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    Who are the NERD fund donors Mr Snyder?

    Raise the curtain.

    High Crimes and Misdemeanors


    By Kevin Rex Heine, Section News
    Posted on Wed May 22, 2013 at 06:24:20 PM EST
    Tags: U. S. Constitution Article II 4, High Crimes & Misdemeanors, executive accountability, preponderance of evidence, U. S. Constitution Article I 3, Benghazi, H. Res. 36, Hillary D. Clinton, Leon E. Panetta, Operation Fast & Furious, wiretapping the AP, Eric H. Holder, EPA selective waivers, Lisa P. Jackson, IRS selective thuggery, Timothy F. Geithner, HHS shakedown, Kathleen Sebelius (all tags)

    Though not 'Michigan centric', this is far too important to not have on the front page of every blog. - JG

    "This week marks the 40th anniversary of the Watergate hearings.  For those of you too young to remember, back then the administration had an enemies list.  They were spying on reporters, and they used the IRS to harass groups they didn't like.  Thank God those days are gone forever."  (Jay Leno, circa last week)

    Jay Leno may yet accomplish with President Obama what Johnny Carson did with President Nixon, in that JWC turned RMN into a national laughingstock, and thus greased the skids for Tricky Dick's premature exit from the White House.  We can only hope that JDL can accomplish the same with BHO before February 2014 rolls around.

    Four scandals, count them, four.  Benghazi, the IRS's thuggish behavior, the DOJ wiretapping the AP, and the EPA's selective fee waivers.  Those are just the ones that are currently "front-page news."  There're plenty of others from the earlier years of this Administration (Operation Fast & Furious comes to mind), and there are likely others not yet brought to light.  Solomon had it absolutely right when he said that there is nothing new under the sun.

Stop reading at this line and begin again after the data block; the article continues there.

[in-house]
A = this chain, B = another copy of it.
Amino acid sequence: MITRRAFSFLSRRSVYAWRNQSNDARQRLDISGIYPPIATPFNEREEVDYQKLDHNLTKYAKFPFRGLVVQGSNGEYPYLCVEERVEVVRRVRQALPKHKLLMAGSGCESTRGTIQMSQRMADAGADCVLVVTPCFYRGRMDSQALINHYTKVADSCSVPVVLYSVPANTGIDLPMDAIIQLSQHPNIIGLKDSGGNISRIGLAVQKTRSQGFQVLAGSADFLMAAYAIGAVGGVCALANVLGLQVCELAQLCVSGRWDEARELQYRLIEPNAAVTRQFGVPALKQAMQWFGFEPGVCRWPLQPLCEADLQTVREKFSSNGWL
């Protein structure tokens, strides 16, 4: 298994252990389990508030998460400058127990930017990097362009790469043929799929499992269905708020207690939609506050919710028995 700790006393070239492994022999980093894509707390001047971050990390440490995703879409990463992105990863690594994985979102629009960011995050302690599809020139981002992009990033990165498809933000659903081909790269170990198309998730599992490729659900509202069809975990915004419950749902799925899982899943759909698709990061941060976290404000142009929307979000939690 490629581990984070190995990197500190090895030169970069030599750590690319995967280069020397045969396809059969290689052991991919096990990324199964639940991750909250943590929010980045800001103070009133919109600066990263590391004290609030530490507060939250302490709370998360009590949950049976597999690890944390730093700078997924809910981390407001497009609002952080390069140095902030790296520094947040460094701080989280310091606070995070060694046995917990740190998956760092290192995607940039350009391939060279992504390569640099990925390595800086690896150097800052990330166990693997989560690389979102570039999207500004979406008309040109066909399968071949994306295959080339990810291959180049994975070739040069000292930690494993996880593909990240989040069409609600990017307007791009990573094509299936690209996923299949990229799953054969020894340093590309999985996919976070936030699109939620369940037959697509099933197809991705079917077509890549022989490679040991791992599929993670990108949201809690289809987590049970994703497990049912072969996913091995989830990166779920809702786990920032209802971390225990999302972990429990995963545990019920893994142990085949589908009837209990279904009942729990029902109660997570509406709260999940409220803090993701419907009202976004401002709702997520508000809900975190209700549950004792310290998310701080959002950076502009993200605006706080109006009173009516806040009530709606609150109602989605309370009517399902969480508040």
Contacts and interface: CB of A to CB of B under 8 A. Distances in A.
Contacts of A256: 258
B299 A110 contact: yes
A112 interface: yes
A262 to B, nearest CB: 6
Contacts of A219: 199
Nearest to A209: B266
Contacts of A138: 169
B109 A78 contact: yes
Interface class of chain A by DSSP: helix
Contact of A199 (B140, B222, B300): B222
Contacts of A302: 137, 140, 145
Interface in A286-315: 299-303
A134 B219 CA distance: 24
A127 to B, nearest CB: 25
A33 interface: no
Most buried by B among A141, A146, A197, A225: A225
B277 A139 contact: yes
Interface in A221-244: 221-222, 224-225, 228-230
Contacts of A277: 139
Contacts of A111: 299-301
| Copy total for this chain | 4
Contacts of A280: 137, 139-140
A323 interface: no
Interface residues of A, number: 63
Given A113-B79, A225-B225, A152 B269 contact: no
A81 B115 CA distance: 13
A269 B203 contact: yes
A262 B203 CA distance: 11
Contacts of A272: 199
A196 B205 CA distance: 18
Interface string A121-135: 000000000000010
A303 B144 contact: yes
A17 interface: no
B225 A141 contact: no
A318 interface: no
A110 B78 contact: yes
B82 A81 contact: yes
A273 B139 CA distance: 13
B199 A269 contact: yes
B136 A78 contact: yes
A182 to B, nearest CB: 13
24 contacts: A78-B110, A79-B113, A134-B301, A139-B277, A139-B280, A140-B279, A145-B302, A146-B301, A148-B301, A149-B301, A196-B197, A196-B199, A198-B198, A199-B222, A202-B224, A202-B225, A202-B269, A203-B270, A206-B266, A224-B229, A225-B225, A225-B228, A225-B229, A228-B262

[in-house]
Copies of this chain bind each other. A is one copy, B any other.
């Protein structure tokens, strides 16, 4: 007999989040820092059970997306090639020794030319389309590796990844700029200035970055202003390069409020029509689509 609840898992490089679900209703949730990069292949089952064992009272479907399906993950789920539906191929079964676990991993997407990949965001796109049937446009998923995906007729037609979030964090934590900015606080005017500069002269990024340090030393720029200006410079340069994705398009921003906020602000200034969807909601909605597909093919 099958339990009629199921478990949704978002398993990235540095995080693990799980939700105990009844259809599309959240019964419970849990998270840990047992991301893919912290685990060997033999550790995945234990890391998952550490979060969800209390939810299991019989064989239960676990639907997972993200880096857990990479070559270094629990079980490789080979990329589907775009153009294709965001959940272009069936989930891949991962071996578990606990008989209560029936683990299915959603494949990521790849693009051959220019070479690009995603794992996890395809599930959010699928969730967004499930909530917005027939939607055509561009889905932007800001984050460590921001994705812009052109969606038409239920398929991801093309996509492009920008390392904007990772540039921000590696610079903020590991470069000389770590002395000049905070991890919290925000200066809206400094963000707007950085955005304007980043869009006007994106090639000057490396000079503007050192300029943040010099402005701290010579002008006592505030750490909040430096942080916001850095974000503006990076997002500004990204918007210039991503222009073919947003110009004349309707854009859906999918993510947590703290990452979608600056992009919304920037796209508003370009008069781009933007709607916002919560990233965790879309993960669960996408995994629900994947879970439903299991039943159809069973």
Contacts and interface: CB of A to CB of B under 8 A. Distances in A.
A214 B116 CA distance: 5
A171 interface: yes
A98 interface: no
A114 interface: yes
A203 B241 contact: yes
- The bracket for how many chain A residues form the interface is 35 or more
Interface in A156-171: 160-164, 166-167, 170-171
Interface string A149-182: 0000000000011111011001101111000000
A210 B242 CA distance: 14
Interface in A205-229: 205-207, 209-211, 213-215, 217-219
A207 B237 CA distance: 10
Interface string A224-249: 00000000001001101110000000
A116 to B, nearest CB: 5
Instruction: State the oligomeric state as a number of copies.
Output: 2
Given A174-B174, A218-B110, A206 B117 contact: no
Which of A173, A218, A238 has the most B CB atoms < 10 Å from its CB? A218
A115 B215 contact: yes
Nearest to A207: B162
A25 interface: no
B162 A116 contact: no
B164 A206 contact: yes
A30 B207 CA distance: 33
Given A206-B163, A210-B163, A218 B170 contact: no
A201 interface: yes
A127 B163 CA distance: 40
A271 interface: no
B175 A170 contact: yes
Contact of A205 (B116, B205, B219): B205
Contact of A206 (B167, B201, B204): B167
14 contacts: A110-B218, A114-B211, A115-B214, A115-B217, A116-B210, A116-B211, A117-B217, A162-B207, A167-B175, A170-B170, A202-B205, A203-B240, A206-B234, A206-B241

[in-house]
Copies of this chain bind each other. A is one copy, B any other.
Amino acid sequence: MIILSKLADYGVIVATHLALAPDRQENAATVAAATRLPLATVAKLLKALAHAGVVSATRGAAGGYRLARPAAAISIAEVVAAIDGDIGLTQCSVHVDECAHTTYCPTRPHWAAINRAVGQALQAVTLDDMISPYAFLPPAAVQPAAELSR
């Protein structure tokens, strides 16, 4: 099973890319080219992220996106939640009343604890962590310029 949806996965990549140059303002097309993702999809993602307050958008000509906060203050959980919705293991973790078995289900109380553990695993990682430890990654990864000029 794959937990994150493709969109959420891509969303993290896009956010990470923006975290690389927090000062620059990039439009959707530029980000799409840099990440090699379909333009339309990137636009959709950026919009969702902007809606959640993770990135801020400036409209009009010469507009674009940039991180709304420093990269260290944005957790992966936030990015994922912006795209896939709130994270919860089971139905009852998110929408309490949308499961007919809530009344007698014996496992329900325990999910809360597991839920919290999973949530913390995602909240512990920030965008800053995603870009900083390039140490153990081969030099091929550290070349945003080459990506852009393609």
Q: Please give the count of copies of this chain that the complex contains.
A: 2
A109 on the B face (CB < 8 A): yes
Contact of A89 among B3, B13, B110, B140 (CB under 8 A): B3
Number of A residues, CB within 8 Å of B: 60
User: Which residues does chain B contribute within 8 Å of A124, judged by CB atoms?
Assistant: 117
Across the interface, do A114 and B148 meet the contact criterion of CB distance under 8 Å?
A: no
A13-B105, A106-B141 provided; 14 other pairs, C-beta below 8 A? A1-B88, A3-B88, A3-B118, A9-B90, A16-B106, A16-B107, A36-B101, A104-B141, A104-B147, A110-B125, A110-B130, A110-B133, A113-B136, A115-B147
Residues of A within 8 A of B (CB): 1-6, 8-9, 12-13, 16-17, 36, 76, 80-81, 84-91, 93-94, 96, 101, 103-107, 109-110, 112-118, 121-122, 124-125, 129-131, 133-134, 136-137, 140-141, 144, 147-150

The more I hear or read about what's going on, the more I find myself in agreement with Speaker Boehner:  I'm not interested in who's losing their job over this; I want to know who's going to jail over this.


    The legal term "high crimes and misdemeanors" is found in Article II § 4 of the U. S. Constitution; quoting the section in its entirety:

    "The President, Vice President, and all civil Officers of the United States, shall be removed from Office on Impeachment for, and Conviction of, Treason, Bribery, or other High crimes and Misdemeanors."

    This section constitutionally secures a provision for the involuntary removal from office of the President, Vice-President, Cabinet Secretaries, other executive officers, as well as federal judges.  The reason for this provision is the observation at the Constitutional Convention by Benjamin Franklin that the removal of "obnoxious" chief executives had, historically, been accomplished by assassination, and his recommendation that a proceduralized mechanism for removal would be preferable.